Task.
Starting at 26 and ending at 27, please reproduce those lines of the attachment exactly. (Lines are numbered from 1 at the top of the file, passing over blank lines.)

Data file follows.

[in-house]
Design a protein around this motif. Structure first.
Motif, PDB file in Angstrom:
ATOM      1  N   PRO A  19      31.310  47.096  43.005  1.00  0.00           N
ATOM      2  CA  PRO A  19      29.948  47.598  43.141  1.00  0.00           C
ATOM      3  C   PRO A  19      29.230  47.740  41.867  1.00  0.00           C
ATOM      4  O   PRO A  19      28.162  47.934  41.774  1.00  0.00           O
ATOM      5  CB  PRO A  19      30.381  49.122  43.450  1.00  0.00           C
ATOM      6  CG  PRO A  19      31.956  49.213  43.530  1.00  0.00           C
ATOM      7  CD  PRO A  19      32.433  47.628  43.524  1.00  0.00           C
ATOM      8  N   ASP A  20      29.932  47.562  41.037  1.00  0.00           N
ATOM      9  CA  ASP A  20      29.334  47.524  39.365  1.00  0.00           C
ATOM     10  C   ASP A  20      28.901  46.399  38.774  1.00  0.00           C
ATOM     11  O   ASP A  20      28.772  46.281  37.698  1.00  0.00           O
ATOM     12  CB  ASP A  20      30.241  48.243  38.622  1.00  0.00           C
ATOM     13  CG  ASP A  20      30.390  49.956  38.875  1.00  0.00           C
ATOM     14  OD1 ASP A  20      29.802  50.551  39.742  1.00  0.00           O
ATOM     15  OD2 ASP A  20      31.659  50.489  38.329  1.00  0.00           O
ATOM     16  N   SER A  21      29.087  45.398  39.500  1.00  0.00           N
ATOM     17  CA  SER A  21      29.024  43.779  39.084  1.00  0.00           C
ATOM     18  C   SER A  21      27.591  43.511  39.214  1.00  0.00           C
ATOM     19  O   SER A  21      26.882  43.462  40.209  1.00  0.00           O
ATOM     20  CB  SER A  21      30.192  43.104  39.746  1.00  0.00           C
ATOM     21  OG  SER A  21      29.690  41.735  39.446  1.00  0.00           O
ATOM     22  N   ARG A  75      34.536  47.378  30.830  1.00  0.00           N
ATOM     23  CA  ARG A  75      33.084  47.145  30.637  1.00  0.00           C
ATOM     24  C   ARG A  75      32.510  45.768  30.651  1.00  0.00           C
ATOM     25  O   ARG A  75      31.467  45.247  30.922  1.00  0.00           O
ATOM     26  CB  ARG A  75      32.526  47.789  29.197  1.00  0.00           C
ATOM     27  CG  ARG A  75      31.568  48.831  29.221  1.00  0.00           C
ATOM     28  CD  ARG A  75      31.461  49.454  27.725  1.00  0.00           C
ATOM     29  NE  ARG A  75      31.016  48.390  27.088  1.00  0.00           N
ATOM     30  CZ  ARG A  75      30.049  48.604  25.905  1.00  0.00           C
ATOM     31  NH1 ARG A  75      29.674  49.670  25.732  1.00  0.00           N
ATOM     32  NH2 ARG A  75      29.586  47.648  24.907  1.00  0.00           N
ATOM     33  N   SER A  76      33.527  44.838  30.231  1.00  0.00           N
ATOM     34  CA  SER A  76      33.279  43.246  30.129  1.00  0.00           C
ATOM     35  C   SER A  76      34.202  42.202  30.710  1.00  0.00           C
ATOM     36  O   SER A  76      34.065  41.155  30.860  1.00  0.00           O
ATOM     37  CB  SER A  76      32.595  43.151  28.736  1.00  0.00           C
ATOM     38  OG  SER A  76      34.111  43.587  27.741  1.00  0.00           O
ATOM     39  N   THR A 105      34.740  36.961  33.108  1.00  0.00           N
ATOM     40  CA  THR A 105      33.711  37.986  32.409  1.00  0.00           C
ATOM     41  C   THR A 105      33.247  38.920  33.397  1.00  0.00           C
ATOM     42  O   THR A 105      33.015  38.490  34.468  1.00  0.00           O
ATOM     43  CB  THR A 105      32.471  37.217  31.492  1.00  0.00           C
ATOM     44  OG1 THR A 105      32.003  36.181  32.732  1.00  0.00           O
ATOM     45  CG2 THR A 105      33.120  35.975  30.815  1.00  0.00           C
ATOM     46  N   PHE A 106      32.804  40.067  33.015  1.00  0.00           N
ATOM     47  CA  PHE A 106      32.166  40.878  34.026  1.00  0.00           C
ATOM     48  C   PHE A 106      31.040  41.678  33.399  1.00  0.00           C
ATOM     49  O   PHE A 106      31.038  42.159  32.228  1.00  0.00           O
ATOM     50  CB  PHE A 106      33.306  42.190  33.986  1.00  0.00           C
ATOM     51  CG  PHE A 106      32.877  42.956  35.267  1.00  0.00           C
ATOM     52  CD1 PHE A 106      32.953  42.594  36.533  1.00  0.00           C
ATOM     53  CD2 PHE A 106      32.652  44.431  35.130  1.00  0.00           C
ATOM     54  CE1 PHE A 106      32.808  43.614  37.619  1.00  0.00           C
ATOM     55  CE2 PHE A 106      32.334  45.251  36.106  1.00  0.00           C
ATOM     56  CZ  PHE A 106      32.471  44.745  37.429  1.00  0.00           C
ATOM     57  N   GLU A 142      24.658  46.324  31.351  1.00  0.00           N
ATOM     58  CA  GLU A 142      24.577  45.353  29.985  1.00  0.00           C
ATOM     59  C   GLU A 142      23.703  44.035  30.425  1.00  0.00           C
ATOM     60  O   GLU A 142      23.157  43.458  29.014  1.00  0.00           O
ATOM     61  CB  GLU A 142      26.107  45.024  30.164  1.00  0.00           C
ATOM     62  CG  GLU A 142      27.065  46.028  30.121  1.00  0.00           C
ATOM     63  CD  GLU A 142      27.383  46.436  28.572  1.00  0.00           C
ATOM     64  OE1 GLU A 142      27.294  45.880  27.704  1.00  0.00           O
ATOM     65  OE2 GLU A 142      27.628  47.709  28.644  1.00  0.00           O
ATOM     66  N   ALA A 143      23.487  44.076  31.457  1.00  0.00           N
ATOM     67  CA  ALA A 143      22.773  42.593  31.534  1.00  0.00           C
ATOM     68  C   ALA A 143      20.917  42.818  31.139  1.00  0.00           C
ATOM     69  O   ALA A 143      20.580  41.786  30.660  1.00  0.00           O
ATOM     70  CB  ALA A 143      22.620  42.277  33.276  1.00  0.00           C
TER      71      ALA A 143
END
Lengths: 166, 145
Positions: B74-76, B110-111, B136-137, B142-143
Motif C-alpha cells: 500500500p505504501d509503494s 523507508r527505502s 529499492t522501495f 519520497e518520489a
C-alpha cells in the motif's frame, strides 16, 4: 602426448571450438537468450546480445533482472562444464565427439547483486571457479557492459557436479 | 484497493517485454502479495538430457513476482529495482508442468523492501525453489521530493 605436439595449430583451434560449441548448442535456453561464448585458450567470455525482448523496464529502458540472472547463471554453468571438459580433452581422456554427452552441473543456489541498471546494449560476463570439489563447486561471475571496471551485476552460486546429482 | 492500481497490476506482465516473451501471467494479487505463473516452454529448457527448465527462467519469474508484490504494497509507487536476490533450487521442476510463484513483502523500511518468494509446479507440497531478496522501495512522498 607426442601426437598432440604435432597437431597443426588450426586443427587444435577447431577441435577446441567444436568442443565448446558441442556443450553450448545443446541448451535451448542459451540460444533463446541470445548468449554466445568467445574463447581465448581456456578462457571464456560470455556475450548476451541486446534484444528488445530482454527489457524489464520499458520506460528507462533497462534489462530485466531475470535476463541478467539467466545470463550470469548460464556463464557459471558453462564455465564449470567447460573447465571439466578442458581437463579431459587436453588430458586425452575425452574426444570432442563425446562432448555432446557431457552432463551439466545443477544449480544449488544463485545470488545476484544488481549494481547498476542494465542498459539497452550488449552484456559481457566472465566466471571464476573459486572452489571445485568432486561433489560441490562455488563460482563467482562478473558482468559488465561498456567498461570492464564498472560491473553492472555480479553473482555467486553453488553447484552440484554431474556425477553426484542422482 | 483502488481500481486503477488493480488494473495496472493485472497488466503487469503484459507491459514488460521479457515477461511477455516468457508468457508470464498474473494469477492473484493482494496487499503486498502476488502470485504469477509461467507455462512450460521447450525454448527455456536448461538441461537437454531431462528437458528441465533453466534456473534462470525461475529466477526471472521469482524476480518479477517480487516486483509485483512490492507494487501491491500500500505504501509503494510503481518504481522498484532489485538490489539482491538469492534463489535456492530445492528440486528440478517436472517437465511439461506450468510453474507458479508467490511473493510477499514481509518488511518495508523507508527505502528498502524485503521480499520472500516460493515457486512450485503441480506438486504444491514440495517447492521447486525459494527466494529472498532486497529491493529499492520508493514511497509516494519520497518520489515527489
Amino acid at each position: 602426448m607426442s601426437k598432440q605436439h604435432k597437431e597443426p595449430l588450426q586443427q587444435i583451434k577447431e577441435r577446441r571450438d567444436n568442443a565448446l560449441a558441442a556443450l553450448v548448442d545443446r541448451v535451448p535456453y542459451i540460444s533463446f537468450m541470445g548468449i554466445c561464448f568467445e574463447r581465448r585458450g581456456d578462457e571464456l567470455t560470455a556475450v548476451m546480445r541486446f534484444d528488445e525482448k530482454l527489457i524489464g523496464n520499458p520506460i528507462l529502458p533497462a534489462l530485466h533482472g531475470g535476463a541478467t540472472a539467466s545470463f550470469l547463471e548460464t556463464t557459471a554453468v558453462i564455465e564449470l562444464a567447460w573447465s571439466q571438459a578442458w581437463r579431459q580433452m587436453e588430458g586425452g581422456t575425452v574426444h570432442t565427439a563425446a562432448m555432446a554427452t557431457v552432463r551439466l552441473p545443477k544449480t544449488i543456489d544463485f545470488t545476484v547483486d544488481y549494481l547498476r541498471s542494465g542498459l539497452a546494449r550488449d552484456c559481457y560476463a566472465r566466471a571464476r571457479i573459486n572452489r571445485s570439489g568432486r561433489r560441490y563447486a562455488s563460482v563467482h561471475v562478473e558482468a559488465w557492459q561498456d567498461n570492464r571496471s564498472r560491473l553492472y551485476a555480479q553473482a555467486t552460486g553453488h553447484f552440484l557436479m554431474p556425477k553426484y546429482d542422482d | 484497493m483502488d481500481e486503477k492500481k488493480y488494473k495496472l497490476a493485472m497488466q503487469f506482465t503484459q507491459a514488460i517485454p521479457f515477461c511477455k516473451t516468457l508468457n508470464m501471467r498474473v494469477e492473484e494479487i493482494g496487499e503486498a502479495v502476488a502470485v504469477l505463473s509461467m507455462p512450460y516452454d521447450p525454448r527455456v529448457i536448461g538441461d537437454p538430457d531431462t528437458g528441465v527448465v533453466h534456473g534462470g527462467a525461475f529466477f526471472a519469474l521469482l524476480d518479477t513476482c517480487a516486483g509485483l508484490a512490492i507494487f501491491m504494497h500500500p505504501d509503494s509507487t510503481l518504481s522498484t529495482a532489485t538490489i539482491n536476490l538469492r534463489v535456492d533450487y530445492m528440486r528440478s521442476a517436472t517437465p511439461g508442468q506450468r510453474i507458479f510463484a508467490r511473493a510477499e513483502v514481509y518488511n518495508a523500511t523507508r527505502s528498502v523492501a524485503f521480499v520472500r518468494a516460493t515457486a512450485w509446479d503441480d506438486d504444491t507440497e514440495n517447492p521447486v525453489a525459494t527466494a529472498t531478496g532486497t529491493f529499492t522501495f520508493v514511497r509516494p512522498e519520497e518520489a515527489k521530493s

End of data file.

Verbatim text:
ATOM     23  CA  ARG A  75      33.084  47.145  30.637  1.00  0.00           C
ATOM     24  C   ARG A  75      32.510  45.768  30.651  1.00  0.00           C